On the other side, some think that this proposal should be opposed on the same grounds that the ‘incitement to religious hatred’ was. But there is an obvious difference. Religion is simply a form of ideological belief. Beliefs and ideologies should obviously be open to scrutiny, and even hated if they are unpalatable. Race and sexual orientation are not. The religious lobby – such as the ‘Christian Institute’ – complains that this will stifle debate around homosexuality, but frankly there is no longer any debate to be had. Sensible people agree that a person’s sexual orientation is an immutable part of them and not a whim or fancy adopted to defy God. ‘Debating homosexuality’ is as reasonable as debating whether being black is a good choice.

Furthermore, many who complain on free-speech grounds do not seem as quick to call for the repeal of the Race Relations Act. It seems like hypocrisy. It always appears to be the case that these laws are only seriously challenged when gay and lesbians ask for the same protections as other minorities. Perversely, by not including gay people while providing legal protection on the grounds of race and religion, the signal might be sent that it is actually okay to hate gays. Either all minorities must be protected, or none.

And, let’s be honest: few can doubt that curbing the expression of open racism has had a positive effect in transforming Britain for the better. Perhaps it could be argued that making people stop and think before they speak enhances the quality of the speech that follows. This consideration should not be dismissed to readily.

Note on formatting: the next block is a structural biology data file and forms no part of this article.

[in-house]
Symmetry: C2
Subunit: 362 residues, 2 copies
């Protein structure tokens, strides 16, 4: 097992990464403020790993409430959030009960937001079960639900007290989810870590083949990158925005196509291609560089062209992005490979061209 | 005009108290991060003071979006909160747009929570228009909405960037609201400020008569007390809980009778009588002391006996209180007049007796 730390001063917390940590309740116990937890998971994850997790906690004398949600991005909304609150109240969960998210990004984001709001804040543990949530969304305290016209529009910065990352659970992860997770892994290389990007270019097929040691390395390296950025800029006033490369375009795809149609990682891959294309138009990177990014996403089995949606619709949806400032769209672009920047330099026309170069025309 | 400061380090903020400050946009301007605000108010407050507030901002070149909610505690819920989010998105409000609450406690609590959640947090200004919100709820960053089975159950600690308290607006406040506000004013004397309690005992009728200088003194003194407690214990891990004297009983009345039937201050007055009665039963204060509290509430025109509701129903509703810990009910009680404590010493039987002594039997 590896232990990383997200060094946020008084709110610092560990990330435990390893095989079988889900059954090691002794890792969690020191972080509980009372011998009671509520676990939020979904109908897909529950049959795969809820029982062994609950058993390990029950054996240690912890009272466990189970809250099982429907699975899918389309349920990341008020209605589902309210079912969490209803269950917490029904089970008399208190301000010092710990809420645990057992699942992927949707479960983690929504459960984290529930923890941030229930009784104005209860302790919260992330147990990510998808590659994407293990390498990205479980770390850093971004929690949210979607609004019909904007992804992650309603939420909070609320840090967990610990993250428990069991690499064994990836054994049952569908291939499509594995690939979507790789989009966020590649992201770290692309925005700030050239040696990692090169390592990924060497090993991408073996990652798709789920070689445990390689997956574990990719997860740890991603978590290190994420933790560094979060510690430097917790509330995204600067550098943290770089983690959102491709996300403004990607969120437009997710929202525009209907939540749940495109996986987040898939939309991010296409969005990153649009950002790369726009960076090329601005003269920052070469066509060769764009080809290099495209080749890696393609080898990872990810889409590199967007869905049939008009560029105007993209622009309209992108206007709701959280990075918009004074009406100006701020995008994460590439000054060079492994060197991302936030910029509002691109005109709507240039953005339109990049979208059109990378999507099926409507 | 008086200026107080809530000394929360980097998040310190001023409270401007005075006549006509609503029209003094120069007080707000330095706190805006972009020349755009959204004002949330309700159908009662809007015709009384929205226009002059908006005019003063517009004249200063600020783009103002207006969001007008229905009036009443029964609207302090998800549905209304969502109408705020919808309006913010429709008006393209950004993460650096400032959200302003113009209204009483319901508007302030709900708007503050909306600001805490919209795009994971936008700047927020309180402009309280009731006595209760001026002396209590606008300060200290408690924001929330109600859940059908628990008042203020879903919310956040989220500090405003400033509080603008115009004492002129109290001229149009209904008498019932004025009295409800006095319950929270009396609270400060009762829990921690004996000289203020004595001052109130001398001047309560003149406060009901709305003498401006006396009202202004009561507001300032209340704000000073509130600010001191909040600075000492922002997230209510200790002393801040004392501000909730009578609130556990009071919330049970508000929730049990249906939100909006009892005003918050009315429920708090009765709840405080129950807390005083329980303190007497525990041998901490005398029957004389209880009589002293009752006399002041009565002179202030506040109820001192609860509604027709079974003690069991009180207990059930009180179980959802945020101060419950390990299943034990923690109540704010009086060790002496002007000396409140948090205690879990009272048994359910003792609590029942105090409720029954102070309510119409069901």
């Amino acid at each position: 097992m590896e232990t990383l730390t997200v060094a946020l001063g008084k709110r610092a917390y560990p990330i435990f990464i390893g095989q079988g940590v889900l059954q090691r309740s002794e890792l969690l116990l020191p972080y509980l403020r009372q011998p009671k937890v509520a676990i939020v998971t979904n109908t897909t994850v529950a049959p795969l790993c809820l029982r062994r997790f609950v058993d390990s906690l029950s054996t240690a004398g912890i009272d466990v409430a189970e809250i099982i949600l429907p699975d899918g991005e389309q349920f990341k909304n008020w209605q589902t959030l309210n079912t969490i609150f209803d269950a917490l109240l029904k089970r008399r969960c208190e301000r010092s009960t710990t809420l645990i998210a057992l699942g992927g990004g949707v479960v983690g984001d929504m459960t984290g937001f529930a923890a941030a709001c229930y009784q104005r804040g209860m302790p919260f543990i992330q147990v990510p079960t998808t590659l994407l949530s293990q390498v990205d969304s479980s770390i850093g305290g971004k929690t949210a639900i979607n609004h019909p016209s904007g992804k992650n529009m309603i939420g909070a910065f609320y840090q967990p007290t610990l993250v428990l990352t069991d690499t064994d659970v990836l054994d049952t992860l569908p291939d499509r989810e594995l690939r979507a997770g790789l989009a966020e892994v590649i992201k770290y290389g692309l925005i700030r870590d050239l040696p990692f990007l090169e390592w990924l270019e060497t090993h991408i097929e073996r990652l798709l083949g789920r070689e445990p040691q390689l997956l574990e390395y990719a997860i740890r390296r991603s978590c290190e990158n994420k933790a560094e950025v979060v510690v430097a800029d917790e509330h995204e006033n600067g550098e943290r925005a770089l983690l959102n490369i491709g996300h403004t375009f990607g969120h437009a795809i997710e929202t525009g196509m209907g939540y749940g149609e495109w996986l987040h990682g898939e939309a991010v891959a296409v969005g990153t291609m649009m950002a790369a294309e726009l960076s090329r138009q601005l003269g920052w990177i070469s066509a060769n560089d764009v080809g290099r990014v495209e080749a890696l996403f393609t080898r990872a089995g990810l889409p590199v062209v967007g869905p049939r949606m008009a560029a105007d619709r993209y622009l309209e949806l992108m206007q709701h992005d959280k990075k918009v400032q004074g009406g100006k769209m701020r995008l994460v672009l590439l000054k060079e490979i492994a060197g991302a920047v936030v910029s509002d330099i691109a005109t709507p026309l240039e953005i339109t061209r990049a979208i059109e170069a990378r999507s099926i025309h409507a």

Certainly, those who have campaigned against ‘Murder Music’ performers like Banton, have been accused of blocking free speech. But incitements to violence are themselves the enemy of free speech. Free speech is a social good because it facilitates the free exchange of ideas in society. If one party attempts to instigate violence, then they are in effect shutting that process down. Ideas cannot be freely exchanged; debate cannot continue.

In view of that, of course I want a law against inciting violence. But we already have one, which seems to be wasting away. Under most circumstances, it is illegal to harm people or to kill people. It makes sense therefore that it is illegal to incite others to do so. It is not, however, illegal to hate. One might say it makes little sense then that inciting people to hate is to be criminalised. But can there be any doubt that violent actions don’t begin with hatred?

That’s what makes this issue so hard to judge.

On balance, I’d rather people were free to speak their minds and I was free to confront them, and we all knew where everyone stood. Prejudice, bigotry, ignorance and bluster – all are best diffused by shining a light on them, not forcing them underground.

Alas, if this new law passes, not only will you have to guess what your opponents are thinking, a lot of guess-work will have to go into deciding what incitement is, and what hatred is. It’s all very confusing and made more so by the fact that the debate so far has been in emotive and abstract terms. So far, not one statement from government, not one news report I’ve read has given a clear example of a previous incident which would be made criminal. We’re not even sure what (or who) we’re talking about. Who are these people this new law aims to stop? Why aren’t fingers being pointed?

If it passes, this new law will lay down a minefield when a simple line in the sand is all that’s required.

Brett Lock is editor of Gay Humanist Quarterly and a campaigner with Outrage!. He writes in a personal capacity.

By Padraig Reidy

Padraig Reidy is the editor of Little Atoms and a columnist for Index on Censorship. He has also written for The Observer, The Guardian, and The Irish Times.